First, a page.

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Thread: Mud Lark

  1. #1

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    Mud Lark

    Mud LarkHere is my contribution to the bird theme. C&C please
    Last edited by Walshy; 6th August 2009 at 05:42 AM.

  2. #2
    David's Avatar
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    Re: Mud Lark

    Hi Walshy - I like the pose of the bird; it suggests a certain disdain for the rest of the world. To my eyes the focus looks marginally off. You might want to look at refocusing software such as that from Focus Magic for tweaking (Google for info). If you use The Gimp, check out the recent "wavelet" series of tools from the Plug-in Registry. The sharpen tool could be useful here.

    Cheers

    David

  3. #3
    Moderator Dave Humphries's Avatar
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    Re: Mud Lark

    Hi Walshy,

    I agree with David on focus (I have lots of similar shots).

    I would add there is a fair degree of CA there (chromatic abberation), so if you can, effect a fix on the whole frame (before the crop) or, if you want to cheat as I often do. Wipe over the green and red edges with a desaturate brush where these are on black, white or grey picture content.

    It is quite noticeable on the tail and wing feathers, plus the head to a lesser degree.

    Good otherwise, and unlike me, the white is not particularly "blown".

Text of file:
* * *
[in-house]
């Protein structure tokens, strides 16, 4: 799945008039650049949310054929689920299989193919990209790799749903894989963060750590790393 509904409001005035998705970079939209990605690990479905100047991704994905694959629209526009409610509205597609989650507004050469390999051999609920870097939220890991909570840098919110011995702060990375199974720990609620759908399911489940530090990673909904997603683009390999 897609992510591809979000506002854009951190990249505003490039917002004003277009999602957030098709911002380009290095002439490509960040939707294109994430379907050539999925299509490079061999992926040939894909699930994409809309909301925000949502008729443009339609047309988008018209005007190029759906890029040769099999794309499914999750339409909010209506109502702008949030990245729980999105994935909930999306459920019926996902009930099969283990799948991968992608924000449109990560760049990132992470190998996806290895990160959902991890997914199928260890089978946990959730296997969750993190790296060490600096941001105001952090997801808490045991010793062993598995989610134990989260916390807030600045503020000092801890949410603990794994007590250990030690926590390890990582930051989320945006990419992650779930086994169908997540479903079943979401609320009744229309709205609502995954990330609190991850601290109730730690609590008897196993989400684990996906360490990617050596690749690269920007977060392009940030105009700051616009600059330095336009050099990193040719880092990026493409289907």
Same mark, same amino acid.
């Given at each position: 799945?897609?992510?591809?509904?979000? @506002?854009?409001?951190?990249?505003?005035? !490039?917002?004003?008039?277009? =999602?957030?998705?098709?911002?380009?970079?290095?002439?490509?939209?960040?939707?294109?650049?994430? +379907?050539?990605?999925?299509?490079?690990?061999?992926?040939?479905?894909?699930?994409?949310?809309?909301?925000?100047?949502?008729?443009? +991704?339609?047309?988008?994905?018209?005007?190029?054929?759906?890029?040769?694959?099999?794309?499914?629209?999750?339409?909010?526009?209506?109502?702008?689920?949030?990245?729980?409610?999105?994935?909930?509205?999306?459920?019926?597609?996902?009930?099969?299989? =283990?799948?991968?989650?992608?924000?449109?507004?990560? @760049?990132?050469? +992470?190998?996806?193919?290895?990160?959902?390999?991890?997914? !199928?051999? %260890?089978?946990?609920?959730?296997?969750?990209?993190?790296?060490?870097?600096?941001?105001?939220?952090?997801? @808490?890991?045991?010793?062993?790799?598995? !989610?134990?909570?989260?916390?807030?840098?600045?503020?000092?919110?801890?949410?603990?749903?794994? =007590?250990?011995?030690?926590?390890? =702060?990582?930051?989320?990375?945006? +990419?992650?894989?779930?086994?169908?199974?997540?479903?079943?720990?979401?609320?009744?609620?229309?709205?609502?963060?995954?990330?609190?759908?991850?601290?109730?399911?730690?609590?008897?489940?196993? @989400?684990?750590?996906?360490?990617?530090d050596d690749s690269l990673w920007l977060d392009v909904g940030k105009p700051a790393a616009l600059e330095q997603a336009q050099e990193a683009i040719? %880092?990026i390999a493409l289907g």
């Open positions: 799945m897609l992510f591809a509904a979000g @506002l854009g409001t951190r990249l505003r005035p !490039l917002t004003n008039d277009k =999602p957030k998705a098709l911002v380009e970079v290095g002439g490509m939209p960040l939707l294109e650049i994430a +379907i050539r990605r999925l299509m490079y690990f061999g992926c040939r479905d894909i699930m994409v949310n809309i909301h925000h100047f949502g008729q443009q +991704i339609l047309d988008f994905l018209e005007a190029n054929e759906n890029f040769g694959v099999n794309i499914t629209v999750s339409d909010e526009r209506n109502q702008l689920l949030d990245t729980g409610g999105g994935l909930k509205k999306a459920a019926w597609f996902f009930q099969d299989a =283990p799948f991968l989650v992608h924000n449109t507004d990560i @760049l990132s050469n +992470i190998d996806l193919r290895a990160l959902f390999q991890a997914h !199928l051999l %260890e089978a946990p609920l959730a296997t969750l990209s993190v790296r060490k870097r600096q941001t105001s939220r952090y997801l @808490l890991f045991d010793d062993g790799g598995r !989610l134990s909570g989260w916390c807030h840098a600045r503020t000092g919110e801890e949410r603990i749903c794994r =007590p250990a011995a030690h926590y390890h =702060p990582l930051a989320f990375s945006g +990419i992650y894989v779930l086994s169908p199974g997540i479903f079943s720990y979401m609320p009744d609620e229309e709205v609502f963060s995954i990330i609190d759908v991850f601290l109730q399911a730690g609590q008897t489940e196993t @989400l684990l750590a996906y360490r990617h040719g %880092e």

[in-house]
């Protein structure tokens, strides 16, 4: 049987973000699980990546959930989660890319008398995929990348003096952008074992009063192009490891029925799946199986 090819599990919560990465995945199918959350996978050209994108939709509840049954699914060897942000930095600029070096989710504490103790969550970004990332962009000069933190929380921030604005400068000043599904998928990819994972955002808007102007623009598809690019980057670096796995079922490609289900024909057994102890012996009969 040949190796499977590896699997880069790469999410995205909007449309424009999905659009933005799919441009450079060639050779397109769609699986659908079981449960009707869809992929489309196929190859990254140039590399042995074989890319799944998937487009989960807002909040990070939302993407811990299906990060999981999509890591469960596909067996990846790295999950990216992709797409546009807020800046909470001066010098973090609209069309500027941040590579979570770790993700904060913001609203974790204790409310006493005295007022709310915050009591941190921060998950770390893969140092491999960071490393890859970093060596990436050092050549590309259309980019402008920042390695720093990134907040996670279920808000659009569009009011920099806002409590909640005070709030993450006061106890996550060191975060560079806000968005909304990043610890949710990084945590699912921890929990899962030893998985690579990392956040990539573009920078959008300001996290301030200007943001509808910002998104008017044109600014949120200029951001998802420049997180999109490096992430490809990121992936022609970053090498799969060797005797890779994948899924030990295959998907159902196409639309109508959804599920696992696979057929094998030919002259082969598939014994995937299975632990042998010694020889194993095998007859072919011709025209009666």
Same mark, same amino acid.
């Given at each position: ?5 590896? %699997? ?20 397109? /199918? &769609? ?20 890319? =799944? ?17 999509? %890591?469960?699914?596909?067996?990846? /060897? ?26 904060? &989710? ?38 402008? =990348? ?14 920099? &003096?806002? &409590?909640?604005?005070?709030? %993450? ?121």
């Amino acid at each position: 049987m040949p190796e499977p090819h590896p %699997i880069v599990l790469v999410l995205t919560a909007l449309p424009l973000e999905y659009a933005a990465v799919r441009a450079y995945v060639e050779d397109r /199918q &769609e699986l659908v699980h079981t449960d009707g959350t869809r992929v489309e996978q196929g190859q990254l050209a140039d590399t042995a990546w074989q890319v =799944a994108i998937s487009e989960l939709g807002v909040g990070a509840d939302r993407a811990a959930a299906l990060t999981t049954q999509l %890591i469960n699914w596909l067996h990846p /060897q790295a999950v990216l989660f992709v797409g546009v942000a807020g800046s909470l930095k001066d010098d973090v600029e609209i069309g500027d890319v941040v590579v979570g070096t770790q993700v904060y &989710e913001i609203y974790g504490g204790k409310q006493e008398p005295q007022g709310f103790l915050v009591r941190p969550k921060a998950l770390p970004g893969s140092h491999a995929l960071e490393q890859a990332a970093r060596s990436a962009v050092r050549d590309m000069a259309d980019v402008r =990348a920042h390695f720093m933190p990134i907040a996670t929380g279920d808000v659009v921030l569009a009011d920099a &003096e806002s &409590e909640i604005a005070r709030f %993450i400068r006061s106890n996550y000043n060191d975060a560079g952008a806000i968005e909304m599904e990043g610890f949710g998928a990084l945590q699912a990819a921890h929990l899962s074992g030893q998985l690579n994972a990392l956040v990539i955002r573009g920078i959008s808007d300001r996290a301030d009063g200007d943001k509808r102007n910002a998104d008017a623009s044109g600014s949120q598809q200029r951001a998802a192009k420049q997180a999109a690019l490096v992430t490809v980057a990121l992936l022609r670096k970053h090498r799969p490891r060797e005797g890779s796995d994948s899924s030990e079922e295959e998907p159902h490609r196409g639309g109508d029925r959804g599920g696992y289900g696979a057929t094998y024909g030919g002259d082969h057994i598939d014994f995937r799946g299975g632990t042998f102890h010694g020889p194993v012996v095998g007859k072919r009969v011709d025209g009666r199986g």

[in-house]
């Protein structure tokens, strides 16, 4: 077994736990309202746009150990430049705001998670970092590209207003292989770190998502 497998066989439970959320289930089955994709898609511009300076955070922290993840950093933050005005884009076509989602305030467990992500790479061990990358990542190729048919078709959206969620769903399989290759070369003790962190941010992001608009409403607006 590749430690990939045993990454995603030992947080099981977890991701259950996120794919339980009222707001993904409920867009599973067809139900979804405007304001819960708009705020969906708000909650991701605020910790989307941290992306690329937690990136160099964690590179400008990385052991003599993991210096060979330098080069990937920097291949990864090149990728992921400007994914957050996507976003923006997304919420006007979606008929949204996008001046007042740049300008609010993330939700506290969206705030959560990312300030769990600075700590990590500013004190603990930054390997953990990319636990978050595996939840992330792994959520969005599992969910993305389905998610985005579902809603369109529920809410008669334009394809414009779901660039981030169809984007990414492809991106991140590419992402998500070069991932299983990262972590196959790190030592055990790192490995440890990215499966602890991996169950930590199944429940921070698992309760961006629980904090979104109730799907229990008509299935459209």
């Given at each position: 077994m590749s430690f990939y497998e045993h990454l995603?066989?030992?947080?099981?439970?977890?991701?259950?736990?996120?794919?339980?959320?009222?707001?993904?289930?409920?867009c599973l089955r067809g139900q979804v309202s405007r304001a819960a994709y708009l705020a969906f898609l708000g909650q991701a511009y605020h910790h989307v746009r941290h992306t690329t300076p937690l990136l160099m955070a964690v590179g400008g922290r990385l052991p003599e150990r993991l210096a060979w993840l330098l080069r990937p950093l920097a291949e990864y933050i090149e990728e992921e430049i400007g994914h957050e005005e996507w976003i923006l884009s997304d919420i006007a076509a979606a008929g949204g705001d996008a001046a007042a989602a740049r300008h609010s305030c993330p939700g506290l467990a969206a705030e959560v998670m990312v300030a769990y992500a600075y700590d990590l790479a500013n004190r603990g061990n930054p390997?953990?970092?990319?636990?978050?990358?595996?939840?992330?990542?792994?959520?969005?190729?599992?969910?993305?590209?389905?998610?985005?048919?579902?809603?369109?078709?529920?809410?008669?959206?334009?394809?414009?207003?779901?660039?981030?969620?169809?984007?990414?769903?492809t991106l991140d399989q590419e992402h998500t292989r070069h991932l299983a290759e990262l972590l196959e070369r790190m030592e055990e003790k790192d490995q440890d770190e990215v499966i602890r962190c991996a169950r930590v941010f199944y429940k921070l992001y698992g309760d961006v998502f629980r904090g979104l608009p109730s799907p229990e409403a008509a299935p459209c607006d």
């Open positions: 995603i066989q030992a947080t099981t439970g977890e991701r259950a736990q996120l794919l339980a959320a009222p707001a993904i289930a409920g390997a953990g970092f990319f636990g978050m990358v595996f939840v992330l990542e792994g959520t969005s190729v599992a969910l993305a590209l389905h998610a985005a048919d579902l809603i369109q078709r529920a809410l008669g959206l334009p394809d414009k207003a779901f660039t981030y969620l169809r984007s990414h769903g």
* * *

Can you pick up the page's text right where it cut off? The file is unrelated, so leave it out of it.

Hope that helps,

  4. #4

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    Re: Mud Lark

    Thanks for the advise Dave and David, I will see if I can correct the defects as you guys suggest.
    Walshy

  5. #5

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    Re: Mud Lark

    I think that little bit of variable sharpness is chiefly caused by too shallow a depth of focus; which is very common with this type of shot, and difficult to avoid. Or did the bird move a fraction which is another common problem.

    Were you on auto focus? The legs and particularly that wisp of feather near the top of the furtherest leg are sharp while the closest parts are a bit soft, but the eye appears good.

    A little touch of selective sharpening might help

  6. #6

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    Re: Mud Lark

    Hi Geoff
    I was on auto focus for this shot, so I don't know if the bird moved or I did. I normally gauge the sharpness by the legs and the eyes and as you say they are in focus. Guess I will have to keeep trying.

  7. #7

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    Re: Mud Lark

    I would say the apparent out of focus was more a bit of camera shake and a few other things. The exif data says f5.6 @1/100 300mm and ISO640, wide open, low shutter speed for the focal length, and I'm not sure how the camera performs at ISO640.

    Keep trying mate, birds and light are notoriously uncooperative, as I'm constantly reminded.

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